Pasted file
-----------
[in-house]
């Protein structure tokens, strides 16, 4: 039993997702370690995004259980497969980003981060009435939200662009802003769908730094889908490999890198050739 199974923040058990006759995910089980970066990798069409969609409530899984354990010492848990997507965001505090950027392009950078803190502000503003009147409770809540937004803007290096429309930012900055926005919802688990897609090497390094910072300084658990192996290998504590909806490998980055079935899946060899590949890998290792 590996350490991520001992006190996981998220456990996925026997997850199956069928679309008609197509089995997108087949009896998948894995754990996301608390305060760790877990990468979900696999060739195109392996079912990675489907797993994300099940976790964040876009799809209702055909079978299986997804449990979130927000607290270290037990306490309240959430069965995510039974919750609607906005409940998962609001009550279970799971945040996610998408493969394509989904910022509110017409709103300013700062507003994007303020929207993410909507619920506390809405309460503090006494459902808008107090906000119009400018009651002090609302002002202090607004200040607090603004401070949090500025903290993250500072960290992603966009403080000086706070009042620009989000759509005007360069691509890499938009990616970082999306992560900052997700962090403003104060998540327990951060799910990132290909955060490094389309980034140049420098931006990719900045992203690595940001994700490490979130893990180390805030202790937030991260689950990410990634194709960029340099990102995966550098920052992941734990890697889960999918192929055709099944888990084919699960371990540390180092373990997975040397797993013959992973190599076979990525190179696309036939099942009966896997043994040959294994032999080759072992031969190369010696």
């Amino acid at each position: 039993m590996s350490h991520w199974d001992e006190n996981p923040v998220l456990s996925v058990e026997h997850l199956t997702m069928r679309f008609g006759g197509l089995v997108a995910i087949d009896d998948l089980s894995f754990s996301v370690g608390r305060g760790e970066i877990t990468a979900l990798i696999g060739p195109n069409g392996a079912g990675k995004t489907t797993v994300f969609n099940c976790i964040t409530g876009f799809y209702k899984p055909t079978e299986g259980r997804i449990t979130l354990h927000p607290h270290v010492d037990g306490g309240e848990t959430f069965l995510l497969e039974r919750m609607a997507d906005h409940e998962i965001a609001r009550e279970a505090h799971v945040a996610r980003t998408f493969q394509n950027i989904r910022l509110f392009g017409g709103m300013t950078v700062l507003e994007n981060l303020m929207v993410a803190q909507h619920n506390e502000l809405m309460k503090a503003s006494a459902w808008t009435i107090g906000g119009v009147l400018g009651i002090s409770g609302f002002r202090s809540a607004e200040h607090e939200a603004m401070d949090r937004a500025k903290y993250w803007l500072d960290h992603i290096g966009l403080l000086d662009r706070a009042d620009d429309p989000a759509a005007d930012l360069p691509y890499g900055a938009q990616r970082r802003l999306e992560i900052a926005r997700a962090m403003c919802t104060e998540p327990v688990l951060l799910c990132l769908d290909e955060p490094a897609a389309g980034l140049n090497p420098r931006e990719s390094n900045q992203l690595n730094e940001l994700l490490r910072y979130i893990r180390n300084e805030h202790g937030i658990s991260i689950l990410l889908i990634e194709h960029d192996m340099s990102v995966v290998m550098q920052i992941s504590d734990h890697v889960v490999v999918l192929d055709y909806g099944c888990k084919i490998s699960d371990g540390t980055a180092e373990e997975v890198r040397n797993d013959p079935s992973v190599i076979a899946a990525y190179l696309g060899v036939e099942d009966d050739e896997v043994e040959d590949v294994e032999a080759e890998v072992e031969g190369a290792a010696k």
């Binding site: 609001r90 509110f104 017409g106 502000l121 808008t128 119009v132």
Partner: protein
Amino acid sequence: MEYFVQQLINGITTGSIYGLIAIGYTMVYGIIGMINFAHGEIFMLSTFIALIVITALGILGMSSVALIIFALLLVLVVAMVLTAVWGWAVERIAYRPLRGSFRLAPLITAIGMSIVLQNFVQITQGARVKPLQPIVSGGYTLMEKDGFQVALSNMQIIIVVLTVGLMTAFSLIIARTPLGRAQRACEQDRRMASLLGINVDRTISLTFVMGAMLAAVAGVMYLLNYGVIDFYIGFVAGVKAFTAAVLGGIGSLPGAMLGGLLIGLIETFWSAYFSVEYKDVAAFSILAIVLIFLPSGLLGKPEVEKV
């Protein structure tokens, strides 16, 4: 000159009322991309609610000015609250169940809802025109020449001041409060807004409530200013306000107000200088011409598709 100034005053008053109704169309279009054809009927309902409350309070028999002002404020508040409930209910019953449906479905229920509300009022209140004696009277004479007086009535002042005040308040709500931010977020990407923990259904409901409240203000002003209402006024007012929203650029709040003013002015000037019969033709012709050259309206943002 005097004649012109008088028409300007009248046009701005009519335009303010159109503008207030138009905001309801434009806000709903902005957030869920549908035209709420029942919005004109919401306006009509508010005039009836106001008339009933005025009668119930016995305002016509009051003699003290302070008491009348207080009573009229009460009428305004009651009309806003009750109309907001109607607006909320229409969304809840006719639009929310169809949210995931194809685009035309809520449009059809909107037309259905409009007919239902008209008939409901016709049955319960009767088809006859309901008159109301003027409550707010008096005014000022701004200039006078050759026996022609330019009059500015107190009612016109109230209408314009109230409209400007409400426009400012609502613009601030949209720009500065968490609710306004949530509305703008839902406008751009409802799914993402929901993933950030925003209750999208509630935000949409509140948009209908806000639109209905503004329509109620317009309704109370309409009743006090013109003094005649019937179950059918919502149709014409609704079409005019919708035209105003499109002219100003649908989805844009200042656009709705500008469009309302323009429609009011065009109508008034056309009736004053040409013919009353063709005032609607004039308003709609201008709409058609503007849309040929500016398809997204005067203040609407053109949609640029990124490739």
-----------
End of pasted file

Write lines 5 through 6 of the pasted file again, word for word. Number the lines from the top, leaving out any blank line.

Partner: protein
Amino acid sequence: MEYFVQQLINGITTGSIYGLIAIGYTMVYGIIGMINFAHGEIFMLSTFIALIVITALGILGMSSVALIIFALLLVLVVAMVLTAVWGWAVERIAYRPLRGSFRLAPLITAIGMSIVLQNFVQITQGARVKPLQPIVSGGYTLMEKDGFQVALSNMQIIIVVLTVGLMTAFSLIIARTPLGRAQRACEQDRRMASLLGINVDRTISLTFVMGAMLAAVAGVMYLLNYGVIDFYIGFVAGVKAFTAAVLGGIGSLPGAMLGGLLIGLIETFWSAYFSVEYKDVAAFSILAIVLIFLPSGLLGKPEVEKV